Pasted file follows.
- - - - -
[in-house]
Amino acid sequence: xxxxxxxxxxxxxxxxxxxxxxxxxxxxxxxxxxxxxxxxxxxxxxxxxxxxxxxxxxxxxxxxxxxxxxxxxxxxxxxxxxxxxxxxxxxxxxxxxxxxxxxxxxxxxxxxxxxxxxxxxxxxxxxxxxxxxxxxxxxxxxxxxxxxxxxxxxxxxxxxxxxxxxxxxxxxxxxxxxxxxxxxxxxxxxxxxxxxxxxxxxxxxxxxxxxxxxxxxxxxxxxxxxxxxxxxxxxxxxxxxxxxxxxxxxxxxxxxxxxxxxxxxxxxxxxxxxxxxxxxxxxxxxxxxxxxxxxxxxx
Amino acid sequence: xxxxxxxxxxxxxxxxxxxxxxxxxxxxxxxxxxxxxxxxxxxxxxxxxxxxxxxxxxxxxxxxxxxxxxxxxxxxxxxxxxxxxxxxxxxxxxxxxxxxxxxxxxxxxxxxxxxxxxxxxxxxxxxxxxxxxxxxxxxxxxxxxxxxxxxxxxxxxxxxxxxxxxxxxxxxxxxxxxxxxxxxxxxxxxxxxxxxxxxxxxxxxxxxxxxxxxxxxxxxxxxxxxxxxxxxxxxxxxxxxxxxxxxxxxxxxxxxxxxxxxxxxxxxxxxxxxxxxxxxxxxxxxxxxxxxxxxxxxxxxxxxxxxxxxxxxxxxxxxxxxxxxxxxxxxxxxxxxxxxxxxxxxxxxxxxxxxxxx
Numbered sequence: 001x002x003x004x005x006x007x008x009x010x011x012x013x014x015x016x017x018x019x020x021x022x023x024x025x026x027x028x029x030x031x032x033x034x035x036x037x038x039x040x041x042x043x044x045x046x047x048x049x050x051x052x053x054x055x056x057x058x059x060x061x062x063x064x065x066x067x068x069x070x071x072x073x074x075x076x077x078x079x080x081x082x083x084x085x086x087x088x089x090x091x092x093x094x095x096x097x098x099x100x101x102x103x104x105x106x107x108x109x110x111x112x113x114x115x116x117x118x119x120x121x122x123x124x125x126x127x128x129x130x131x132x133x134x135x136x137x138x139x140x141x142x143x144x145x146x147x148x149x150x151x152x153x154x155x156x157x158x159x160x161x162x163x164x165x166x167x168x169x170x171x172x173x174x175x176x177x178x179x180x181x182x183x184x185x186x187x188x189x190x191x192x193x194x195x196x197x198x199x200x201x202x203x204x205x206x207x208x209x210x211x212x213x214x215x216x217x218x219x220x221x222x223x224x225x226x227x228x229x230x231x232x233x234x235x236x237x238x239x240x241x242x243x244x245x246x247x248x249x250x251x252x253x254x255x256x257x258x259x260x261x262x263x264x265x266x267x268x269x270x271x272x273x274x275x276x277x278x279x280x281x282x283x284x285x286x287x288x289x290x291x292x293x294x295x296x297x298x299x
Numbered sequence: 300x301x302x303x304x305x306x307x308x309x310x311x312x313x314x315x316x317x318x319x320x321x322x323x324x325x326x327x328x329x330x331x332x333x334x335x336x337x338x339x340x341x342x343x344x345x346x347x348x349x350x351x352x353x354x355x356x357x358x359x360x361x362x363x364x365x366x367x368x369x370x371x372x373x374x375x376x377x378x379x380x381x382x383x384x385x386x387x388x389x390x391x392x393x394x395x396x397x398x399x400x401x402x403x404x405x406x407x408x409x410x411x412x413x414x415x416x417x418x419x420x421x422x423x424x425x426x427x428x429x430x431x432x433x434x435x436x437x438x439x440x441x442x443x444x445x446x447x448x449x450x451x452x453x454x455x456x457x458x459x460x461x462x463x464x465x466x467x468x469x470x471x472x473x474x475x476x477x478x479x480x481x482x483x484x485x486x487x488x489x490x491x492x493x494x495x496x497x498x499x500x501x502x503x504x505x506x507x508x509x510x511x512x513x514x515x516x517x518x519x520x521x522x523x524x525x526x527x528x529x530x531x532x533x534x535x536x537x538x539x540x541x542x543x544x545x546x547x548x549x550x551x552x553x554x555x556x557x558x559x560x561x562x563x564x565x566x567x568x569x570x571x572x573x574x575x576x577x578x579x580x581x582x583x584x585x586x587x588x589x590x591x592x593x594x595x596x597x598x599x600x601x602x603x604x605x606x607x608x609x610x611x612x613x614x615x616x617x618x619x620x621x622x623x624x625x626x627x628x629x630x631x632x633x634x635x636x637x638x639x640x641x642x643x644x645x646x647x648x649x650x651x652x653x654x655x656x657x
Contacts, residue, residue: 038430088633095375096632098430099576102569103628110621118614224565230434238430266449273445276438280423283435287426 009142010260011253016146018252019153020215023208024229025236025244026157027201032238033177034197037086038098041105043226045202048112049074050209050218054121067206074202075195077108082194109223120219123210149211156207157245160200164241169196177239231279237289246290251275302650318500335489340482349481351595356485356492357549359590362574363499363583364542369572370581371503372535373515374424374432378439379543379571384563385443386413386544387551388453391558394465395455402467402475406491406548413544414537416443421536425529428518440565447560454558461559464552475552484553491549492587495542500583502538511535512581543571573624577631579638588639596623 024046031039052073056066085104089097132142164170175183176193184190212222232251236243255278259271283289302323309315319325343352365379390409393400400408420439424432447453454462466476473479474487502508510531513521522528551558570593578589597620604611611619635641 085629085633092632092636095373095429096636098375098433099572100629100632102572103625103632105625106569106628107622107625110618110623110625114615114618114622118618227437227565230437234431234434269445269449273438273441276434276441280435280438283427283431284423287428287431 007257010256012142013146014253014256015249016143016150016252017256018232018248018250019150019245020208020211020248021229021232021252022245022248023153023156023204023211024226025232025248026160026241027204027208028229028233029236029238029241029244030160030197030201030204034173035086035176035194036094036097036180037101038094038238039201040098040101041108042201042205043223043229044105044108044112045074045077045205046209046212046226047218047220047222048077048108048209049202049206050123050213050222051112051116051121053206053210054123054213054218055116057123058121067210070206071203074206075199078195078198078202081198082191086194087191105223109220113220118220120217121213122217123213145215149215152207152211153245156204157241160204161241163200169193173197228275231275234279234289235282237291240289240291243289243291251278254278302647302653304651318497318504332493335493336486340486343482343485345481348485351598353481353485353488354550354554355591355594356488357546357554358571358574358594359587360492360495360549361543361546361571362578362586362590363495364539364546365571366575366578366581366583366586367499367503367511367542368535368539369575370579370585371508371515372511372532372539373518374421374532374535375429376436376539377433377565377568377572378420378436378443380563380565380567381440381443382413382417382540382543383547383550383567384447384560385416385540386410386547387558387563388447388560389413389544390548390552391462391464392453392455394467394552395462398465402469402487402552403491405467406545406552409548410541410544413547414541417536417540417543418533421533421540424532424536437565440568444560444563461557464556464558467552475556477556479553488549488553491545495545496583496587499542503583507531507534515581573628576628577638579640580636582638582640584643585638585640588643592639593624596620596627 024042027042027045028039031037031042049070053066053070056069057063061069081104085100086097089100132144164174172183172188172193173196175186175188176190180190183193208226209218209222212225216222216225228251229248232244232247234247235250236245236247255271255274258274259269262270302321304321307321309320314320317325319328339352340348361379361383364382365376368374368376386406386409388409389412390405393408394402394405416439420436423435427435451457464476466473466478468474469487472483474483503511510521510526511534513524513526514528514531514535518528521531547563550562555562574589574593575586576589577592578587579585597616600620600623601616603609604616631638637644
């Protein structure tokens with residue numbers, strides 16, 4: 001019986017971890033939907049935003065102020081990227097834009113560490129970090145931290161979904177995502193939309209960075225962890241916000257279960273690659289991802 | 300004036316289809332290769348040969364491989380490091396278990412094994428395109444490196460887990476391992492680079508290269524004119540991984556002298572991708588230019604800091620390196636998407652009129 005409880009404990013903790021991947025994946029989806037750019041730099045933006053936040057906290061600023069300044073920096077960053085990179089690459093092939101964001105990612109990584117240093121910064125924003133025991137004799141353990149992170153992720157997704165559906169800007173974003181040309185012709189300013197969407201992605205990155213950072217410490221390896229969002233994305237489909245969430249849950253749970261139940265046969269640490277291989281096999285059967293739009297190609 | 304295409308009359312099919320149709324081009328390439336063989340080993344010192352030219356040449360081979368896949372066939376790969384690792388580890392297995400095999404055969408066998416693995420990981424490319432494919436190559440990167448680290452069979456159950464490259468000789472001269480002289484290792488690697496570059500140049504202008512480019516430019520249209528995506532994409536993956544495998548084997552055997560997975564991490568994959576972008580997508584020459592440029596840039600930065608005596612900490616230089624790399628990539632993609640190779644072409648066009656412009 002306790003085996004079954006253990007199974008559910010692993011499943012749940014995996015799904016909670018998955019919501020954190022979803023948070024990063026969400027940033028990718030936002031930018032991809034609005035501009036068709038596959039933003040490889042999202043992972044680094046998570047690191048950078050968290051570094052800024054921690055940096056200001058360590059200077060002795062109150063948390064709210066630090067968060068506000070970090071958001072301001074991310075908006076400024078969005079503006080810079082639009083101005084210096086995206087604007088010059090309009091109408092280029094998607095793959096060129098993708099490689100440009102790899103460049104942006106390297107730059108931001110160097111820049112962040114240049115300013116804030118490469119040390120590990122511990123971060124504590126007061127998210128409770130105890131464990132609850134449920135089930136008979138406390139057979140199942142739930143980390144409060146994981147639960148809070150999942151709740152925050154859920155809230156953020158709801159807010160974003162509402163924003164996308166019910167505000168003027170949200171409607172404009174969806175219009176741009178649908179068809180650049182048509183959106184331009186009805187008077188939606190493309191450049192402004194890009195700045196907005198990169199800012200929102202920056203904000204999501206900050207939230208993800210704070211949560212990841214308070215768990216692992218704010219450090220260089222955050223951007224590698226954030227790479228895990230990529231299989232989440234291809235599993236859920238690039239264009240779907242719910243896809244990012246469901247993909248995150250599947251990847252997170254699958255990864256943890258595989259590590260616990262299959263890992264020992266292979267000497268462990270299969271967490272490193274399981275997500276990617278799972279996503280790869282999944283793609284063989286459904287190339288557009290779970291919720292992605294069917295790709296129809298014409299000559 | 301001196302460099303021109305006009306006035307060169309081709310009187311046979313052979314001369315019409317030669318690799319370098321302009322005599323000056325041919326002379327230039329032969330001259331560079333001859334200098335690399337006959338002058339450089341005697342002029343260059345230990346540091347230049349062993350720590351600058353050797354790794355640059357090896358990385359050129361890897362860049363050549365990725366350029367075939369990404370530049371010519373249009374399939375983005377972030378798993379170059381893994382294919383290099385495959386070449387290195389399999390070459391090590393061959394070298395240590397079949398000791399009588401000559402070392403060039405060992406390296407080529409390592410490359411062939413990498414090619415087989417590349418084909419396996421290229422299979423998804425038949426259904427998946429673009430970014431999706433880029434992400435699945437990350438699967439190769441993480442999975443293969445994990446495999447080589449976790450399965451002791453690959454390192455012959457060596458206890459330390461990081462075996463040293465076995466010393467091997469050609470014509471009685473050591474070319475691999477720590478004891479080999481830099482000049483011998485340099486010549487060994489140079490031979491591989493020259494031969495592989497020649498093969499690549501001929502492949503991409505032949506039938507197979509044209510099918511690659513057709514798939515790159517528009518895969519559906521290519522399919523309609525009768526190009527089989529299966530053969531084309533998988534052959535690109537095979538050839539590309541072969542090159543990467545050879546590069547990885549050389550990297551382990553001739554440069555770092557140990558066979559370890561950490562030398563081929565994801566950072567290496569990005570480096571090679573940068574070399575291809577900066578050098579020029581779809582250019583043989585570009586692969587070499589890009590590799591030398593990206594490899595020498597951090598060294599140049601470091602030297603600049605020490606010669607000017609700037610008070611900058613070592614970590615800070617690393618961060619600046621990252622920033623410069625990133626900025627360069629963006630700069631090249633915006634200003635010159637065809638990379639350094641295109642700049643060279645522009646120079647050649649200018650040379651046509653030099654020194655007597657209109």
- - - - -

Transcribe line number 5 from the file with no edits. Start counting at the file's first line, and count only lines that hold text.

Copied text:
Numbered sequence: 300x301x302x303x304x305x306x307x308x309x310x311x312x313x314x315x316x317x318x319x320x321x322x323x324x325x326x327x328x329x330x331x332x333x334x335x336x337x338x339x340x341x342x343x344x345x346x347x348x349x350x351x352x353x354x355x356x357x358x359x360x361x362x363x364x365x366x367x368x369x370x371x372x373x374x375x376x377x378x379x380x381x382x383x384x385x386x387x388x389x390x391x392x393x394x395x396x397x398x399x400x401x402x403x404x405x406x407x408x409x410x411x412x413x414x415x416x417x418x419x420x421x422x423x424x425x426x427x428x429x430x431x432x433x434x435x436x437x438x439x440x441x442x443x444x445x446x447x448x449x450x451x452x453x454x455x456x457x458x459x460x461x462x463x464x465x466x467x468x469x470x471x472x473x474x475x476x477x478x479x480x481x482x483x484x485x486x487x488x489x490x491x492x493x494x495x496x497x498x499x500x501x502x503x504x505x506x507x508x509x510x511x512x513x514x515x516x517x518x519x520x521x522x523x524x525x526x527x528x529x530x531x532x533x534x535x536x537x538x539x540x541x542x543x544x545x546x547x548x549x550x551x552x553x554x555x556x557x558x559x560x561x562x563x564x565x566x567x568x569x570x571x572x573x574x575x576x577x578x579x580x581x582x583x584x585x586x587x588x589x590x591x592x593x594x595x596x597x598x599x600x601x602x603x604x605x606x607x608x609x610x611x612x613x614x615x616x617x618x619x620x621x622x623x624x625x626x627x628x629x630x631x632x633x634x635x636x637x638x639x640x641x642x643x644x645x646x647x648x649x650x651x652x653x654x655x656x657x